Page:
A corporation in which members are the exclusive shareholders and the recipients of profits distributed as dividends in proportion to the business that such members did with the company.
The most common kind of mutual company is a mutual insurance company. In this type of organization, which is a cooperative association, the members are both the insurers and the insured. Such companies exist for the purpose of satisfying the insurance needs of their members at a minimal cost. The members contribute through a system of premiums or assessments, forming a fund from which all losses and liabilities are paid. Any profits are divided among the members of the company in amounts proportionate to their individual interests.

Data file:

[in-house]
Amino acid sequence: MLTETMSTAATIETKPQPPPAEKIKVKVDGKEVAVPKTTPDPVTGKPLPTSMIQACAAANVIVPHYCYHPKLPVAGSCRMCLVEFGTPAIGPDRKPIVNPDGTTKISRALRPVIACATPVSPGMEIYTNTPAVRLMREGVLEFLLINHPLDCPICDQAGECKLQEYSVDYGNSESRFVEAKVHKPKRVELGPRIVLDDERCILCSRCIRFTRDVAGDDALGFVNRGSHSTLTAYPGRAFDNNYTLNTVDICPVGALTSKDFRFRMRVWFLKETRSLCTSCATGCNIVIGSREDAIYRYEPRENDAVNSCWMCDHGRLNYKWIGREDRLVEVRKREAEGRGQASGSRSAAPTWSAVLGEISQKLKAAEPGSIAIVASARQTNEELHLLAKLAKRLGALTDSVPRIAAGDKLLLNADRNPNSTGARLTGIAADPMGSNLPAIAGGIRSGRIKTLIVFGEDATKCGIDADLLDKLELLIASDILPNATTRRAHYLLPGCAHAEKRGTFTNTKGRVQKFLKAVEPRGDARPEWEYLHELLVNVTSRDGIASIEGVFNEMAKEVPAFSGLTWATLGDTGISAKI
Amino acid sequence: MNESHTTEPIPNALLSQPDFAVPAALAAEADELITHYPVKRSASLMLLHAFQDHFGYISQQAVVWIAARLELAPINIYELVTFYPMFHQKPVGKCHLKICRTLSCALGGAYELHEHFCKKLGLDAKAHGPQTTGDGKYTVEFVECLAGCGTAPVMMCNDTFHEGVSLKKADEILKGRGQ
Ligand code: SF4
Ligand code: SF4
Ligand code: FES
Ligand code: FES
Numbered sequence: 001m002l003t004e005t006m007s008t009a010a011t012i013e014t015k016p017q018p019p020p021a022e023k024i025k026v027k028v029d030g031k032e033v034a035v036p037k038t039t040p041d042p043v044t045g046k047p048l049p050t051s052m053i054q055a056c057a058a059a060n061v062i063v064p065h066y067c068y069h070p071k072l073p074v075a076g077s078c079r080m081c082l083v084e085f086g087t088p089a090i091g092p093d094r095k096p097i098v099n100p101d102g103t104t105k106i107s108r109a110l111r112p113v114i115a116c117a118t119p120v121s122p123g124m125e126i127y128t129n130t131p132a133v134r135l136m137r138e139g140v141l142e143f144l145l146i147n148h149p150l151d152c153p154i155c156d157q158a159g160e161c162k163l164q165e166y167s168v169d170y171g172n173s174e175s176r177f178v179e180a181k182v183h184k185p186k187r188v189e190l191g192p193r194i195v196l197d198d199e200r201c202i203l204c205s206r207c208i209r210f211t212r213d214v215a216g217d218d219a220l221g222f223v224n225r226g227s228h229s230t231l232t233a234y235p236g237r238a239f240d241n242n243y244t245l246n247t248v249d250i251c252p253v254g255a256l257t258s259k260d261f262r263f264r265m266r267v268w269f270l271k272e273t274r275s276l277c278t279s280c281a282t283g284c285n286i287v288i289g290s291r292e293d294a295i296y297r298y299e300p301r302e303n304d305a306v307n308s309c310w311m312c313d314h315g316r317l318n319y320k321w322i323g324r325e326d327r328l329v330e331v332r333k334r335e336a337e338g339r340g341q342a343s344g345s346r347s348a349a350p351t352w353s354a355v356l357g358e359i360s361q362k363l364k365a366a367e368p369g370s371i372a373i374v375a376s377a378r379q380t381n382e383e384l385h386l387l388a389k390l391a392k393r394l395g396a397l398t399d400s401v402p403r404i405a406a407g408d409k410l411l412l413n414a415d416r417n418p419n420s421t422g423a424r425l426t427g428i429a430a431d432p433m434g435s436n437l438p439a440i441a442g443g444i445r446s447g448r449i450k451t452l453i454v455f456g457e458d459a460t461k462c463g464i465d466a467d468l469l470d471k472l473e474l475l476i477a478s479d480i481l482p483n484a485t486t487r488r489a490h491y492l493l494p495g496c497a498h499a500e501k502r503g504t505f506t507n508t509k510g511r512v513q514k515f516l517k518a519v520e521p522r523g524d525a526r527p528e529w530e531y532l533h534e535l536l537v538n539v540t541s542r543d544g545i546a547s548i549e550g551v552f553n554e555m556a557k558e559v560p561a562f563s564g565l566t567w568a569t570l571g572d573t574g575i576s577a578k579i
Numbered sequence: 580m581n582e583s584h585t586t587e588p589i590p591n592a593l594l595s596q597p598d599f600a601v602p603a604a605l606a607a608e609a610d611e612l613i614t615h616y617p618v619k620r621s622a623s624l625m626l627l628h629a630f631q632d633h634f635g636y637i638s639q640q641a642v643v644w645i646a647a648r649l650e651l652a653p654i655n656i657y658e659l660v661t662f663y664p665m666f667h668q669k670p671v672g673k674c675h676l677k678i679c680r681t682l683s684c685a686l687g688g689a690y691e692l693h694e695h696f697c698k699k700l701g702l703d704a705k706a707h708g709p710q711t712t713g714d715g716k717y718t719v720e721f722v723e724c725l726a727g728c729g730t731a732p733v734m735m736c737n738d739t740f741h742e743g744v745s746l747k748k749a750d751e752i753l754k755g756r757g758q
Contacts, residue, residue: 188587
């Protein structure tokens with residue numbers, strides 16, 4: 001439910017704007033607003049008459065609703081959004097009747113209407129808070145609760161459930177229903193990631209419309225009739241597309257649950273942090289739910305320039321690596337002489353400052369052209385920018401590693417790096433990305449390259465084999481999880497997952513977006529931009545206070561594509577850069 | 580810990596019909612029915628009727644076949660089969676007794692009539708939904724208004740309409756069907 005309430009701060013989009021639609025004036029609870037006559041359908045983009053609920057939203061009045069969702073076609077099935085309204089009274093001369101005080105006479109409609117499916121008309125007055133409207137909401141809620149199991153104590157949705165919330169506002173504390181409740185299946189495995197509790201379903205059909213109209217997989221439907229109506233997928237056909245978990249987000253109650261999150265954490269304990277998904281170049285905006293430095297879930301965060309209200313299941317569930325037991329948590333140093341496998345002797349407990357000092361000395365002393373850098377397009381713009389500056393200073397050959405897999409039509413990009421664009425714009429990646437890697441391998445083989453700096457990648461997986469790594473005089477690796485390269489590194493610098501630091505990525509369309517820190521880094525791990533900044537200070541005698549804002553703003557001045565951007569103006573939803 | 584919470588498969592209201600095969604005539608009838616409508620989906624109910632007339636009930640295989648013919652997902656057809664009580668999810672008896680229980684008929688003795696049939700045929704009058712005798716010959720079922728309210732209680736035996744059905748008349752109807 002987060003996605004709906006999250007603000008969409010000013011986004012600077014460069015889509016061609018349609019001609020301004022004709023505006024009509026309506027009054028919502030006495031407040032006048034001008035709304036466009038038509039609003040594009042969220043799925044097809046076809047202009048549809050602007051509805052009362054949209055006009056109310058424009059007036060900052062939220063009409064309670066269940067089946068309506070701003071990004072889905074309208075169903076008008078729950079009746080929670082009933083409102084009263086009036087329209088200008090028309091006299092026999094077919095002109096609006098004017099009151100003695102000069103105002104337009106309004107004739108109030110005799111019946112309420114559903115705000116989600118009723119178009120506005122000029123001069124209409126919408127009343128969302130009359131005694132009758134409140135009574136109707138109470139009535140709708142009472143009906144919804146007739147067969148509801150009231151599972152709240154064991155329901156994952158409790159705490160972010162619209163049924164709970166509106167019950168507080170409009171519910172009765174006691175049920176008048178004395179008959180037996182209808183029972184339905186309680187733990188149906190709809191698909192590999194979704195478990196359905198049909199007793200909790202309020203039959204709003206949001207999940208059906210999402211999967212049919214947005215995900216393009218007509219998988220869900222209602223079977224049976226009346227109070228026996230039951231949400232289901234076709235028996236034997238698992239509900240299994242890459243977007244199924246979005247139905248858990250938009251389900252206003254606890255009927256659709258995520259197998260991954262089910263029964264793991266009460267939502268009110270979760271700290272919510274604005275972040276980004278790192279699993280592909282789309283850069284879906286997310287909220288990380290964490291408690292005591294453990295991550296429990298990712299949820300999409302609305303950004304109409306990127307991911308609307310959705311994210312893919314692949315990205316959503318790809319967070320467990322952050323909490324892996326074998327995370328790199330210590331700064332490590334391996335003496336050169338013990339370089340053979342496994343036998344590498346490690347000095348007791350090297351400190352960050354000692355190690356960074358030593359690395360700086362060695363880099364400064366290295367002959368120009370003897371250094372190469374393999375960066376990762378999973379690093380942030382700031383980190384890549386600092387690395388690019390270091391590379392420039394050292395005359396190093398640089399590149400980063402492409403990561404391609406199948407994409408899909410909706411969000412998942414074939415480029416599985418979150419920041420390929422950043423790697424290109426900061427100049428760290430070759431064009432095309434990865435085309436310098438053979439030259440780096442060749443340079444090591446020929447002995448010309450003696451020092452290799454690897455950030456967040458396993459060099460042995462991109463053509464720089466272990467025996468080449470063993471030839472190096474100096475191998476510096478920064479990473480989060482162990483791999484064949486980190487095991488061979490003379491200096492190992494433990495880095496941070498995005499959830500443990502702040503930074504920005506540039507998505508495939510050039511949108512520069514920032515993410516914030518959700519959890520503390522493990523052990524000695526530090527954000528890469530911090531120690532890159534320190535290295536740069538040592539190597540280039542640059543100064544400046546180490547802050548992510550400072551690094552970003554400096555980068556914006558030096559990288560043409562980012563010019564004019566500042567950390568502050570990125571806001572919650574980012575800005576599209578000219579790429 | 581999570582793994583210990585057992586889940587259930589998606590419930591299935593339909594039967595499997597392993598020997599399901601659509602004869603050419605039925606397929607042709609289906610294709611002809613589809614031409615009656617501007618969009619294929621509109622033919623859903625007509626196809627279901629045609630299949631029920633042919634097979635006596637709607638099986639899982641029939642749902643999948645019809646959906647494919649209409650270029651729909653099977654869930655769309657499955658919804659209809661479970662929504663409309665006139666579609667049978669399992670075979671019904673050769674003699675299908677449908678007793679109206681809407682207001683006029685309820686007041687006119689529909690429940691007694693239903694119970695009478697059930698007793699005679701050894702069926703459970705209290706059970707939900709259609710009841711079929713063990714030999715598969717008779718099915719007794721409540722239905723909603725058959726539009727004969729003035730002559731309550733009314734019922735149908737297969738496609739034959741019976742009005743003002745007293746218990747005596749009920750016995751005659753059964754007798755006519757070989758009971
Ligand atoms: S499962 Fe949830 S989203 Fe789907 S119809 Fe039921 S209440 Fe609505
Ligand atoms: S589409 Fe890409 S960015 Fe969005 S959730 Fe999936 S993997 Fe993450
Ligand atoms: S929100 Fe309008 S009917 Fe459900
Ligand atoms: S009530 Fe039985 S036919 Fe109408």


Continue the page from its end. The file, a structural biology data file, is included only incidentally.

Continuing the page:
The members of a mutual company choose the management. Professional associations that offer their members insurance coverage often form mutual insurance companies.
"Mutual Company." West's Encyclopedia of American Law. . Encyclopedia.com. (September 19, 2018). http://www.encyclopedia.com/law/encyclopedias-almanacs-transcripts-and-maps/mutual-company
"Mutual Company." West's Encyclopedia of American Law. . Retrieved September 19, 2018 from Encyclopedia.com: http://www.encyclopedia.com/law/encyclopedias-almanacs-transcripts-and-maps/mutual-company